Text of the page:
4. Maju

    January 9, 2013 at 5:52 am

    Idaltu, some 160,000 years ago is totally modern. I am of the punctuated evolution school and I think that most evolutionary jumps happen in small periods of intense change, while most of the time things are relatively stable. That seems to apply to our species indeed. As for the why behind the anatomical changes, a key may be in the chin, which allows us to chew as strong as any ape if not more but without needing anymore prominent jaws or the lever support of supercilliary arcs. The chin is the kind of nimious but radical revolutionary change that really allows for extreme cranial shape changes. Of course these shape changes may have some relation on how our brains are organized and what not but this is far from established.

     
  5. Matt

    January 11, 2013 at 8:09 pm

    I think the bent beam model for supraorbital torus supporting chewing is pretty widely considered dead though isn't it? I'm pretty sure the spatial model is the dominant model.e.g. 2012 paper discussing torus formation, and reviewing the various models concludes -http://www.isita-org.com/jass/Contents/2012vol90/e-pub/22781585.pdf"Lieberman (2000) has provided one of the most comprehensive reviews of sources of variation in frontal bone morphology. In particular he assessed the ontogenetic and architectural basis for a prominent supraorbital torus in archaic Homo. He also compared supraorbital morphology in early hominins to that of anatomically modern humans. He ultimately found that the model first proposed by Weidenreich in 1941 was the most successful at explaining browridge formation. In essence, prominent browridges are a byproduct of upper facial projection, which occurs due to the differential patterns of development of the inner vs. the outer tables of the frontal bone (which, he notes, are part of the neurocranium and face, respectively) (Lieberman, 2000). He concluded that browridge formation is not affected by in vivo response to masticatory strain, nor is simply an allometric consequence of cranial size. While allometric differences do explain an element of browridge morphology, they cannot entirely explain variation in torus robusticity. Rather, allometric differences in the upper face and projection secondarily affect browridge morphology, including influencing sexual dimorphism in modern humans (Rosas & Bastir, 2002)."The spatial model has the benefit in particular of explaining why orangutans don't have a brow ridge – "the splanchnocranium in Pongo, while maintaining the same shape as the African apes, is positioned differently: it is dorsally inclined relative to the braincase" "the proximal relationship between the orbital cavities and braincase in orangutans eliminates the need for a bony torus"Still, even if the bent beam masticatory model is totally wrong, you might still be right about the chin, because if a chin increases masticatory efficiency, then the need for a large facial size (in terms of bones and muscles) is decreased (a large maxilla also contributing the chewing efficiency, even if differently / less so than a large mandible), and as the face decreases, total facial projection decreases and thus relatively decreased brow ridge.I don't know if the chin does this though – I am not sure whether the chin has a functional role in mastication rather than just being a leftover from changes in bony deposition in the face, or whether it may be involved in facial muscle movements for facial expressions or what.Of course these shape changes may have some relation on how our brains are organized and what not but this is far from established.The neurocranium does pretty much form in response to brain shape (being also slightly influenced by the cranial base, which is influenced by the face), in line with it being formed by intramembranous ossification around the brain. But brain shape does not really reflect organization that well – it does not tell you that much about which regions are getting relatively larger and smaller and even that only tells you very little about brain organization.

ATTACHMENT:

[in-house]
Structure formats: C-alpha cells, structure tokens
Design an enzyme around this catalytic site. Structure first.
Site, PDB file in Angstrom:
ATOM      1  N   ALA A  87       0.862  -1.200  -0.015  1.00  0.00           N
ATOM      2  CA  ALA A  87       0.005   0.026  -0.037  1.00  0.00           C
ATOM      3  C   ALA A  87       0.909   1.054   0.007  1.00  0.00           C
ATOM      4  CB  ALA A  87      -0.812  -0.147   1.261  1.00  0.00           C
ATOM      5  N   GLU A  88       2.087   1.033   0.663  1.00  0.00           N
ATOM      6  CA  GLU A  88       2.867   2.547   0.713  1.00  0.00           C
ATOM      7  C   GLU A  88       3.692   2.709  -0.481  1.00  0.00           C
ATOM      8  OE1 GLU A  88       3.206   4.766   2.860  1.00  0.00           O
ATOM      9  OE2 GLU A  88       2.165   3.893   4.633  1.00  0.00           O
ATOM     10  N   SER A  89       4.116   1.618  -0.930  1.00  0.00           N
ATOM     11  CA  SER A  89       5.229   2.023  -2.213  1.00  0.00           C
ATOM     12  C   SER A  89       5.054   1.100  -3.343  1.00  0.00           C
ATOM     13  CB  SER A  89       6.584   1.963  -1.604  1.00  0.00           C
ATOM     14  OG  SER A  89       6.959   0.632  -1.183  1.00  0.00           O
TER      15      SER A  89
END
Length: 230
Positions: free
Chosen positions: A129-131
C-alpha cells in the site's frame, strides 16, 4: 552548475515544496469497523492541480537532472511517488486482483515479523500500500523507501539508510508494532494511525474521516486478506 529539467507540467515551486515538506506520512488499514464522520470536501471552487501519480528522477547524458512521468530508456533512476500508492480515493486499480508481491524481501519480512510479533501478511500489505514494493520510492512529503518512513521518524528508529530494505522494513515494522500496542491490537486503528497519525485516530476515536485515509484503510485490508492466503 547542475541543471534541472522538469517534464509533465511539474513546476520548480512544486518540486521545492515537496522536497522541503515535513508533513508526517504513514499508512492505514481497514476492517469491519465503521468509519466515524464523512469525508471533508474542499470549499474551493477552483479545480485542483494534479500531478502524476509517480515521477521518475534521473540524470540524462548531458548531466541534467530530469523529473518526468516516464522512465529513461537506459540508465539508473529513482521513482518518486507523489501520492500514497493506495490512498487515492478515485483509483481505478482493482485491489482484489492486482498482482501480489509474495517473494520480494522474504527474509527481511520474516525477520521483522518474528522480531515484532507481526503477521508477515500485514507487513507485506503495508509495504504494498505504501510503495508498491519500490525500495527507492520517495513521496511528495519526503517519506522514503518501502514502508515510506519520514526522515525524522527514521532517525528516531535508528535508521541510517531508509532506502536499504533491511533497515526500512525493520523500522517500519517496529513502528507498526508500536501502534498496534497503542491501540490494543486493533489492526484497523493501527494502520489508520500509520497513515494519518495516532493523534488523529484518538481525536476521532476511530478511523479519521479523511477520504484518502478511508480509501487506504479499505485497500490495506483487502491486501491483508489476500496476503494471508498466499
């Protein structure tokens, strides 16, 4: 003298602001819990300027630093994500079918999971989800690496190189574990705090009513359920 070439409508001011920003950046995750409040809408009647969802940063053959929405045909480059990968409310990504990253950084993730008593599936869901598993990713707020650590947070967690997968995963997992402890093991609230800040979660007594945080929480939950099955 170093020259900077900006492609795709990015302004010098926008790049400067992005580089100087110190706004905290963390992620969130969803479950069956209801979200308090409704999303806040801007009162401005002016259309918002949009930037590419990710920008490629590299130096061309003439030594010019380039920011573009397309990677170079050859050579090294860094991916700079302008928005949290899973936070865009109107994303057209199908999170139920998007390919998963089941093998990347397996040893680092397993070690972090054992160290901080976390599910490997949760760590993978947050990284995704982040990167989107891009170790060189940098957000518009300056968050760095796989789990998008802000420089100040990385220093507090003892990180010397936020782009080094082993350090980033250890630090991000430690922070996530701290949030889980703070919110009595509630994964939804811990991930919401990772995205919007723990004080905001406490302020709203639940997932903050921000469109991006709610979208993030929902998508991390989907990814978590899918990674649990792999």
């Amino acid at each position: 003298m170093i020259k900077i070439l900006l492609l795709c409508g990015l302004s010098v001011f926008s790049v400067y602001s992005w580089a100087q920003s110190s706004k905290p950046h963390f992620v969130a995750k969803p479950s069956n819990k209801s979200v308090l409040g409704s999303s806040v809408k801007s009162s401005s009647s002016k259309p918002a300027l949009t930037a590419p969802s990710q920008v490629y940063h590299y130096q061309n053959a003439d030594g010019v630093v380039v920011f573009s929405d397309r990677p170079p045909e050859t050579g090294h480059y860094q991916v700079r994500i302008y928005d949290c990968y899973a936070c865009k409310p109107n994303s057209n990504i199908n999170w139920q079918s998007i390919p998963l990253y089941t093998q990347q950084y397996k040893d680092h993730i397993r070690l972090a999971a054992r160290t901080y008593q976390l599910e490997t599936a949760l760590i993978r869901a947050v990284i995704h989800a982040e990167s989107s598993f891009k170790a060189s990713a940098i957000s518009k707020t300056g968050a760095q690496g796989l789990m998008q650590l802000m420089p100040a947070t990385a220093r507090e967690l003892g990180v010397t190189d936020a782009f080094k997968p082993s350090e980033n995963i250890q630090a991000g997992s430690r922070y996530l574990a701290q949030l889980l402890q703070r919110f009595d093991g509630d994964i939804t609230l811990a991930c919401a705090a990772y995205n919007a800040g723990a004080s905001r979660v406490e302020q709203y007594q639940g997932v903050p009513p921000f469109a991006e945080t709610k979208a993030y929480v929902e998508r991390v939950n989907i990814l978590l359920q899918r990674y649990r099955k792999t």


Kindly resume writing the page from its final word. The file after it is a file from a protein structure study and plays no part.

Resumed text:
6. Maju

    January 12, 2013 at 2:54 am

    Most interesting commentary, Matt, thanks. I think that you are right in nearly all accounts (I never even considered this issue of the torus in any depth and just now realized that orangutans don't have it – facepalm!)"I don't know if the chin does this though – I am not sure whether the chin has a functional role in mastication rather than just being a leftover from changes in bony deposition in the face"…I am positive that there are quite conclusive studies on this matter. Just searching for references via Wikipedia I found these:Flora Gröning, "Why do humans have chins? Testing the mechanical significance of modern human symphyseal morphology with finite element analysis". AJPA 2011. PPV → LINK.Compared to Neanderthals, the modern human symphysis shows higher strains during dorsoventral shear and wishboning, but is as effective as the Neanderthal symphysis in resisting vertical bending in the coronal plane and the loads resulting from simulated incision and unilateral molar biting.And also:David J. Daegling, "Functional morphology of the human chin". Evolutionary Anthropology 1993. PPV → LINK.When the morphology of the chin is considered in light of experimental data on mastication, its evolution can be interpreted as a consequence of recent changes in mandibular proportions that have altered the relative importance of different masticatory stresses. "… brain shape does not really reflect organization that well"…True.